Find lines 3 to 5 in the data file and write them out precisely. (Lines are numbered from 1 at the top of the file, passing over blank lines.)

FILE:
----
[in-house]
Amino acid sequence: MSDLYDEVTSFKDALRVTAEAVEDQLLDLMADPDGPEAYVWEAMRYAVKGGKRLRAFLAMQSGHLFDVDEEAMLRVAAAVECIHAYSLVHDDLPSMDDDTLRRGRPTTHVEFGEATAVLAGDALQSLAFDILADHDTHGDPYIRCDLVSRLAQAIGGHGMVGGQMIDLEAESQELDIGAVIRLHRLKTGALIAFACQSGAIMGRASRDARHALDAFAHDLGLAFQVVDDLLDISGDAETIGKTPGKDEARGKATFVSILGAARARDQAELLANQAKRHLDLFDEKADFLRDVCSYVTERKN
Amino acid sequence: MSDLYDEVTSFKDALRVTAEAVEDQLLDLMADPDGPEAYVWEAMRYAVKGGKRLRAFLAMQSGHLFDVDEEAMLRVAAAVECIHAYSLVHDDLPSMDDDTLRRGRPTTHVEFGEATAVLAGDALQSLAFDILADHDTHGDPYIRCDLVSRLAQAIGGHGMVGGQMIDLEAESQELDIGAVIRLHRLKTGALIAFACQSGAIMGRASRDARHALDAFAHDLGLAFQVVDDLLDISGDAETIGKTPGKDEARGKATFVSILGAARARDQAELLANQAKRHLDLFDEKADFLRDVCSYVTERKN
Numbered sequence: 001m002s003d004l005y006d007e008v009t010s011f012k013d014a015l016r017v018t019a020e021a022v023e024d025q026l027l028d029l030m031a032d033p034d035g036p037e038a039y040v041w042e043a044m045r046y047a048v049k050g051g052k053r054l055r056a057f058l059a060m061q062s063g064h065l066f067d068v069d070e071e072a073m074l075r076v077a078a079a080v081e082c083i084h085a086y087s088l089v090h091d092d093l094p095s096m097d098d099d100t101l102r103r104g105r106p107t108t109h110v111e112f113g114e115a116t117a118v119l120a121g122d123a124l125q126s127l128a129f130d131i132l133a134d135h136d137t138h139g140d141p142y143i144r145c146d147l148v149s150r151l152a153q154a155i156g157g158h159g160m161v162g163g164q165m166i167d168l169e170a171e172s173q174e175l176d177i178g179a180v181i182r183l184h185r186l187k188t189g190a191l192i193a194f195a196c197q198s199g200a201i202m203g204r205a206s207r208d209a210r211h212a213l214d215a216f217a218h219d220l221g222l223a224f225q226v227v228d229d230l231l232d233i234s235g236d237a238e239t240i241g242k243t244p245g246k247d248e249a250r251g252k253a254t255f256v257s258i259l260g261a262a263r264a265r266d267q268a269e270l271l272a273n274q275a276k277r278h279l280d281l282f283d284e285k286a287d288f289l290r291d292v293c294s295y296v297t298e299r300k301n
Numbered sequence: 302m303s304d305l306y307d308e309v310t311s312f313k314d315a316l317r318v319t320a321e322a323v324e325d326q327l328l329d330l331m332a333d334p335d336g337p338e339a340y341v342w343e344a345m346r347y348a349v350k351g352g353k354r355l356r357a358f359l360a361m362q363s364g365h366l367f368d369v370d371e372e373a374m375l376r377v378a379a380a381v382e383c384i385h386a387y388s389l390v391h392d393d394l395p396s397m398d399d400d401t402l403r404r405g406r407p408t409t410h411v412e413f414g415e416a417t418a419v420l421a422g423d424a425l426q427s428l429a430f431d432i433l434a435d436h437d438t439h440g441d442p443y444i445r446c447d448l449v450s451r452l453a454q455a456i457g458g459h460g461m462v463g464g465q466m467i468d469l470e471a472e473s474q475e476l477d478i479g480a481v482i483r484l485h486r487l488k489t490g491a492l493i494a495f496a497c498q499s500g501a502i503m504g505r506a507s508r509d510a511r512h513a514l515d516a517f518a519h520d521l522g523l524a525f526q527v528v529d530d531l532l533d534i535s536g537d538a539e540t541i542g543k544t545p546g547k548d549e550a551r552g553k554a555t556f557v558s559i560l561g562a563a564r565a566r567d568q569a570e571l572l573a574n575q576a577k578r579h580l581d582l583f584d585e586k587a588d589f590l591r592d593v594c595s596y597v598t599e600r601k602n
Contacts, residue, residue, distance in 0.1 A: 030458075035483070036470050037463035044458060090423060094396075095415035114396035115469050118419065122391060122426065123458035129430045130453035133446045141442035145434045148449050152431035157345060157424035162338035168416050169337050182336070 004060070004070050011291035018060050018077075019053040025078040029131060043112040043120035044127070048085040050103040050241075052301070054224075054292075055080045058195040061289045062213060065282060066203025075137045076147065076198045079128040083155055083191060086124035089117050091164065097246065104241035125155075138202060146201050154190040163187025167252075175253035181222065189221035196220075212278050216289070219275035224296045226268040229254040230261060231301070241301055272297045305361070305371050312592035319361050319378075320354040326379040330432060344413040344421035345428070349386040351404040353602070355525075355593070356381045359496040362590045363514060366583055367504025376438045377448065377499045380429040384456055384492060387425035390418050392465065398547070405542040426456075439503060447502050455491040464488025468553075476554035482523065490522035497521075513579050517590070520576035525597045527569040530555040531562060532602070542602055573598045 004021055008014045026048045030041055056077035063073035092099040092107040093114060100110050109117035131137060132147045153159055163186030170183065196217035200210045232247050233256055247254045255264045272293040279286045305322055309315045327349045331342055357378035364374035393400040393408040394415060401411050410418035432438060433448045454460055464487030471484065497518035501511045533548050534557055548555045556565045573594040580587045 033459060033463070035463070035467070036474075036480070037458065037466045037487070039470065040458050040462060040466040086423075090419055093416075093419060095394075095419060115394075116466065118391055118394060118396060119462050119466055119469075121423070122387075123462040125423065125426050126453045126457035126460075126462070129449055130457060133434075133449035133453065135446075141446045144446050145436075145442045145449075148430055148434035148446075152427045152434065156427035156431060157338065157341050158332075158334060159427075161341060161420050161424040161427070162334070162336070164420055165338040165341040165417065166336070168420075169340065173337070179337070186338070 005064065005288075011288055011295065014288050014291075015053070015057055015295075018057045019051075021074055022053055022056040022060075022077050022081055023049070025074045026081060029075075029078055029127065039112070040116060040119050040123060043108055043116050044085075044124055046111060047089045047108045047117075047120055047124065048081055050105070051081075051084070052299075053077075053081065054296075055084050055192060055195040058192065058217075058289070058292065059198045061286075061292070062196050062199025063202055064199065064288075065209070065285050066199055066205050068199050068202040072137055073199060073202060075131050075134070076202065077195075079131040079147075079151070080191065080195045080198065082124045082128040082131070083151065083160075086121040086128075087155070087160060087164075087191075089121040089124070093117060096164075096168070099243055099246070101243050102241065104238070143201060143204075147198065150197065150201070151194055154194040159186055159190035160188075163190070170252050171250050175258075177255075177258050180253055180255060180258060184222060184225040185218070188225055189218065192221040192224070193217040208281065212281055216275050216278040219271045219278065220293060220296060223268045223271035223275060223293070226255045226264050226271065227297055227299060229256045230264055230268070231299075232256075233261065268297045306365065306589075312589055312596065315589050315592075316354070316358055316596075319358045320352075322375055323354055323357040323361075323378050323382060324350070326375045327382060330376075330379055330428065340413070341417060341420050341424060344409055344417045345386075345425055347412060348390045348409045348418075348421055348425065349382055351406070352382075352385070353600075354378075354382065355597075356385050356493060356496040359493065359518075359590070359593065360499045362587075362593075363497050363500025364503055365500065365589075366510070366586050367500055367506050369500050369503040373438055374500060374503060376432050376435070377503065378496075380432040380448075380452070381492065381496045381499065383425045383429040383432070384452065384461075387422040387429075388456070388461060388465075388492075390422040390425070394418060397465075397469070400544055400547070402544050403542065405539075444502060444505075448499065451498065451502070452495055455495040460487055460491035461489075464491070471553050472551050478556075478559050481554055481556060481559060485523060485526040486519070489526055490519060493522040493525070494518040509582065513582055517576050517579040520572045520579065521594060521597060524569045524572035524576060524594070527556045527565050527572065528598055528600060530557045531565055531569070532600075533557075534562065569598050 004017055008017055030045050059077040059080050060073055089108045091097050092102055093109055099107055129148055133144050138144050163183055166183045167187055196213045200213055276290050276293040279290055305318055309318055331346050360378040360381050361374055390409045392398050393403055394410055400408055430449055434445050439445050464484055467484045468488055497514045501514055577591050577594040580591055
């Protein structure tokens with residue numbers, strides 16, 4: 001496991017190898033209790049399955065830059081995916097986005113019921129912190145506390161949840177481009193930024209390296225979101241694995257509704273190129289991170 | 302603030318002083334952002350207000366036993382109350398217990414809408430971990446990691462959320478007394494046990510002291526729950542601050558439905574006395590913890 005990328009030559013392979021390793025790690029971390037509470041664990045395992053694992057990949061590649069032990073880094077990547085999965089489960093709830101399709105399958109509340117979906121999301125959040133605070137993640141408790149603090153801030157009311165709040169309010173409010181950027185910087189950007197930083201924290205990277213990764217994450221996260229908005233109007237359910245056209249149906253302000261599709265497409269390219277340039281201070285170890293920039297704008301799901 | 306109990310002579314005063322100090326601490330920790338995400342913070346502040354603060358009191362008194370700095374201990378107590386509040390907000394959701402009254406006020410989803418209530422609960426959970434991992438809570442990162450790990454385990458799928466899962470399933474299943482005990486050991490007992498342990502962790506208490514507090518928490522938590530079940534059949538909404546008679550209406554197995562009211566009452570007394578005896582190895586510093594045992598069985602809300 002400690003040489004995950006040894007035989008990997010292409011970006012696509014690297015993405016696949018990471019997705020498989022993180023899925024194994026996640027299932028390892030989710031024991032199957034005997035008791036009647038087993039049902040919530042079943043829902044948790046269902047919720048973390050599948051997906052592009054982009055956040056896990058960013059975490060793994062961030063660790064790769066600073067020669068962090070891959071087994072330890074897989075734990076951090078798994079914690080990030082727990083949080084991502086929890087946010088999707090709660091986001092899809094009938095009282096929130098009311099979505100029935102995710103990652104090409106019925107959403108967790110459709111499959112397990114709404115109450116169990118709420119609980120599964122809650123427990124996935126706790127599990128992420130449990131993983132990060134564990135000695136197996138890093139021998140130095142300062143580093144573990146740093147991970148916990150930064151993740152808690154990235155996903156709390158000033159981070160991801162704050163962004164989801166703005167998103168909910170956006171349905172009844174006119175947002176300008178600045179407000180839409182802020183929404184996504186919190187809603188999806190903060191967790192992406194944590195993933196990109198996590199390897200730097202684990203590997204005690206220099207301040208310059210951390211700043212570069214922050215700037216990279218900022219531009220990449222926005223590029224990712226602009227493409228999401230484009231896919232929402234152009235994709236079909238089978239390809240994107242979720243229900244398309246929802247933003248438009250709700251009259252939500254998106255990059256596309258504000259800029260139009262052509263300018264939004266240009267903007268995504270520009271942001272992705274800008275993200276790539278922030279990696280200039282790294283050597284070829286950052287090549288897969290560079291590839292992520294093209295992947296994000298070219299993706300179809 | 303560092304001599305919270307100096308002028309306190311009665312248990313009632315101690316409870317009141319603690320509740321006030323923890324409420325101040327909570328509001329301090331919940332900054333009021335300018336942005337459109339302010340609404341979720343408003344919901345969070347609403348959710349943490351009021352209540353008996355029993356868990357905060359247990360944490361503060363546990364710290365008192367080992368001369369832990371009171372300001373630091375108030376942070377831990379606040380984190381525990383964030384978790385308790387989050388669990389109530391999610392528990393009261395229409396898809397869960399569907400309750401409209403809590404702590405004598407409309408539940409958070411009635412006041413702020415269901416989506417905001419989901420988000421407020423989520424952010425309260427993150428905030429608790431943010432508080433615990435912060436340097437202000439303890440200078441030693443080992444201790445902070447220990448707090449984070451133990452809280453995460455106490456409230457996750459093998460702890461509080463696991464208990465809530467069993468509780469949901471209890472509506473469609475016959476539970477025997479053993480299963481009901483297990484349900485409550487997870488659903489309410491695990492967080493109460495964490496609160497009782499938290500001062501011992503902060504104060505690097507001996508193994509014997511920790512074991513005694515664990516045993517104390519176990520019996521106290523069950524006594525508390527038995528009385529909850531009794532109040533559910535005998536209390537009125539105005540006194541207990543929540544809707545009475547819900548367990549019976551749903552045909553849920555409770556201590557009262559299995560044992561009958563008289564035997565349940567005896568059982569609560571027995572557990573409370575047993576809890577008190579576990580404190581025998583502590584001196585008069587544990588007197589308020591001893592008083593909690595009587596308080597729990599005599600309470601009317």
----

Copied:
Amino acid sequence: MSDLYDEVTSFKDALRVTAEAVEDQLLDLMADPDGPEAYVWEAMRYAVKGGKRLRAFLAMQSGHLFDVDEEAMLRVAAAVECIHAYSLVHDDLPSMDDDTLRRGRPTTHVEFGEATAVLAGDALQSLAFDILADHDTHGDPYIRCDLVSRLAQAIGGHGMVGGQMIDLEAESQELDIGAVIRLHRLKTGALIAFACQSGAIMGRASRDARHALDAFAHDLGLAFQVVDDLLDISGDAETIGKTPGKDEARGKATFVSILGAARARDQAELLANQAKRHLDLFDEKADFLRDVCSYVTERKN
Numbered sequence: 001m002s003d004l005y006d007e008v009t010s011f012k013d014a015l016r017v018t019a020e021a022v023e024d025q026l027l028d029l030m031a032d033p034d035g036p037e038a039y040v041w042e043a044m045r046y047a048v049k050g051g052k053r054l055r056a057f058l059a060m061q062s063g064h065l066f067d068v069d070e071e072a073m074l075r076v077a078a079a080v081e082c083i084h085a086y087s088l089v090h091d092d093l094p095s096m097d098d099d100t101l102r103r104g105r106p107t108t109h110v111e112f113g114e115a116t117a118v119l120a121g122d123a124l125q126s127l128a129f130d131i132l133a134d135h136d137t138h139g140d141p142y143i144r145c146d147l148v149s150r151l152a153q154a155i156g157g158h159g160m161v162g163g164q165m166i167d168l169e170a171e172s173q174e175l176d177i178g179a180v181i182r183l184h185r186l187k188t189g190a191l192i193a194f195a196c197q198s199g200a201i202m203g204r205a206s207r208d209a210r211h212a213l214d215a216f217a218h219d220l221g222l223a224f225q226v227v228d229d230l231l232d233i234s235g236d237a238e239t240i241g242k243t244p245g246k247d248e249a250r251g252k253a254t255f256v257s258i259l260g261a262a263r264a265r266d267q268a269e270l271l272a273n274q275a276k277r278h279l280d281l282f283d284e285k286a287d288f289l290r291d292v293c294s295y296v297t298e299r300k301n
Numbered sequence: 302m303s304d305l306y307d308e309v310t311s312f313k314d315a316l317r318v319t320a321e322a323v324e325d326q327l328l329d330l331m332a333d334p335d336g337p338e339a340y341v342w343e344a345m346r347y348a349v350k351g352g353k354r355l356r357a358f359l360a361m362q363s364g365h366l367f368d369v370d371e372e373a374m375l376r377v378a379a380a381v382e383c384i385h386a387y388s389l390v391h392d393d394l395p396s397m398d399d400d401t402l403r404r405g406r407p408t409t410h411v412e413f414g415e416a417t418a419v420l421a422g423d424a425l426q427s428l429a430f431d432i433l434a435d436h437d438t439h440g441d442p443y444i445r446c447d448l449v450s451r452l453a454q455a456i457g458g459h460g461m462v463g464g465q466m467i468d469l470e471a472e473s474q475e476l477d478i479g480a481v482i483r484l485h486r487l488k489t490g491a492l493i494a495f496a497c498q499s500g501a502i503m504g505r506a507s508r509d510a511r512h513a514l515d516a517f518a519h520d521l522g523l524a525f526q527v528v529d530d531l532l533d534i535s536g537d538a539e540t541i542g543k544t545p546g547k548d549e550a551r552g553k554a555t556f557v558s559i560l561g562a563a564r565a566r567d568q569a570e571l572l573a574n575q576a577k578r579h580l581d582l583f584d585e586k587a588d589f590l591r592d593v594c595s596y597v598t599e600r601k602n